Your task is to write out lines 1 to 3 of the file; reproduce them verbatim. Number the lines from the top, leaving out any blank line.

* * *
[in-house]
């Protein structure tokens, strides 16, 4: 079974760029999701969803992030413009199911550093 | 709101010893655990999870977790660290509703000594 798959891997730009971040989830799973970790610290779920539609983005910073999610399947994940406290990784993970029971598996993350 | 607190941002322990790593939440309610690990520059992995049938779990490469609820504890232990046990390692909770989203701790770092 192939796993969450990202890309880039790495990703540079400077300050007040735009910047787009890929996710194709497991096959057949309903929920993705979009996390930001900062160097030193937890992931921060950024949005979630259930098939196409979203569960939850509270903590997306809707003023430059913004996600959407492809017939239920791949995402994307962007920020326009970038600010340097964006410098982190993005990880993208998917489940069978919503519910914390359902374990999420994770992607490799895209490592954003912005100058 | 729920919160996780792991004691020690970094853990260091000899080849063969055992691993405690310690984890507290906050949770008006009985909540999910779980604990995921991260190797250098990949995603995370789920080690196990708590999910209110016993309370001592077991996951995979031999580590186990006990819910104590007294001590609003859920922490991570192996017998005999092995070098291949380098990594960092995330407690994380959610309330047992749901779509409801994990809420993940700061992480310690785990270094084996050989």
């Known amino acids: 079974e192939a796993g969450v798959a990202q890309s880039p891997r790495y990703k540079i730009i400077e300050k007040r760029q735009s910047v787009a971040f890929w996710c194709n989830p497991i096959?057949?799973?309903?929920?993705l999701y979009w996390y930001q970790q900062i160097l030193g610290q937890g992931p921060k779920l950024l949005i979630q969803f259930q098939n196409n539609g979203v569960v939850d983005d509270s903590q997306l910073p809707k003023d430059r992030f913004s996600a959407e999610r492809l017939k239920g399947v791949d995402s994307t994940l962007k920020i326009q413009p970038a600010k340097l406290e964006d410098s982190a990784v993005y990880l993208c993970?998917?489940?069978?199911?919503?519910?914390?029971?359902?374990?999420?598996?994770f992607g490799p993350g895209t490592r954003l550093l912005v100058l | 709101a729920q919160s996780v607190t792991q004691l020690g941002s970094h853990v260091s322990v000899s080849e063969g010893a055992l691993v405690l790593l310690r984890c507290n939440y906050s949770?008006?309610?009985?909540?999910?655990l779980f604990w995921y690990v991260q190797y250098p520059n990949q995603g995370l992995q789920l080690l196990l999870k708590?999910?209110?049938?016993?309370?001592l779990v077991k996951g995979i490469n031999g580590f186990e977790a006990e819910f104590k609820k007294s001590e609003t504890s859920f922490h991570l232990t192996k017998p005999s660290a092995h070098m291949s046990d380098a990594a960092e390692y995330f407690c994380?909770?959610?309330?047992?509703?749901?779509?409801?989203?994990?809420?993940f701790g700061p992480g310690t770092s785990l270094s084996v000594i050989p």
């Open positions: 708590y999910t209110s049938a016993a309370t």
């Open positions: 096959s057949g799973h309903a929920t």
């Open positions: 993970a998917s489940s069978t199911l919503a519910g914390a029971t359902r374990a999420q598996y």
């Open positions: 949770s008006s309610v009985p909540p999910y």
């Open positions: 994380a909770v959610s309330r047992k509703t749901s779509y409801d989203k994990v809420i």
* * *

[in-house]
């Protein structure tokens, strides 16, 4: 079974760029999701969803992030413009199911550093 | 709101010893655990999870977790660290509703000594 798959891997730009971040989830799973970790610290779920539609983005910073999610399947994940406290990784993970029971598996993350 | 607190941002322990790593939440309610690990520059992995049938779990490469609820504890232990046990390692909770989203701790770092 192939796993969450990202890309880039790495990703540079400077300050007040735009910047787009890929996710194709497991096959057949309903929920993705979009996390930001900062160097030193937890992931921060950024949005979630259930098939196409979203569960939850509270903590997306809707003023430059913004996600959407492809017939239920791949995402994307962007920020326009970038600010340097964006410098982190993005990880993208998917489940069978919503519910914390359902374990999420994770992607490799895209490592954003912005100058 | 729920919160996780792991004691020690970094853990260091000899080849063969055992691993405690310690984890507290906050949770008006009985909540999910779980604990995921991260190797250098990949995603995370789920080690196990708590999910209110016993309370001592077991996951995979031999580590186990006990819910104590007294001590609003859920922490991570192996017998005999092995070098291949380098990594960092995330407690994380959610309330047992749901779509409801994990809420993940700061992480310690785990270094084996050989």
């Known amino acids: 079974e192939a796993g969450v798959a990202q890309s880039p891997r790495y990703k540079i730009i400077e300050k007040r760029q735009s910047v787009a971040f890929w996710c194709n989830p497991i096959?057949?799973?309903?929920?993705l999701y979009w996390y930001q970790q900062i160097l030193g610290q937890g992931p921060k779920l950024l949005i979630q969803f259930q098939n196409n539609g979203v569960v939850d983005d509270s903590q997306l910073p809707k003023d430059r992030f913004s996600a959407e999610r492809l017939k239920g399947v791949d995402s994307t994940l962007k920020i326009q413009p970038a600010k340097l406290e964006d410098s982190a990784v993005y990880l993208c993970?998917?489940?069978?199911?919503?519910?914390?029971?359902?374990?999420?598996?994770f992607g490799p993350g895209t490592r954003l550093l912005v100058l | 709101a729920q919160s996780v607190t792991q004691l020690g941002s970094h853990v260091s322990v000899s080849e063969g010893a055992l691993v405690l790593l310690r984890c507290n939440y906050s949770?008006?309610?009985?909540?999910?655990l779980f604990w995921y690990v991260q190797y250098p520059n990949q995603g995370l992995q789920l080690l196990l999870k708590?999910?209110?049938?016993?309370?001592l779990v077991k996951g995979i490469n031999g580590f186990e977790a006990e819910f104590k609820k007294s001590e609003t504890s859920f922490h991570l232990t192996k017998p005999s660290a092995h070098m291949s046990d380098a990594a960092e390692y995330f407690c994380?909770?959610?309330?047992?509703?749901?779509?409801?989203?994990?809420?993940f701790g700061p992480g310690t770092s785990l270094s084996v000594i050989p």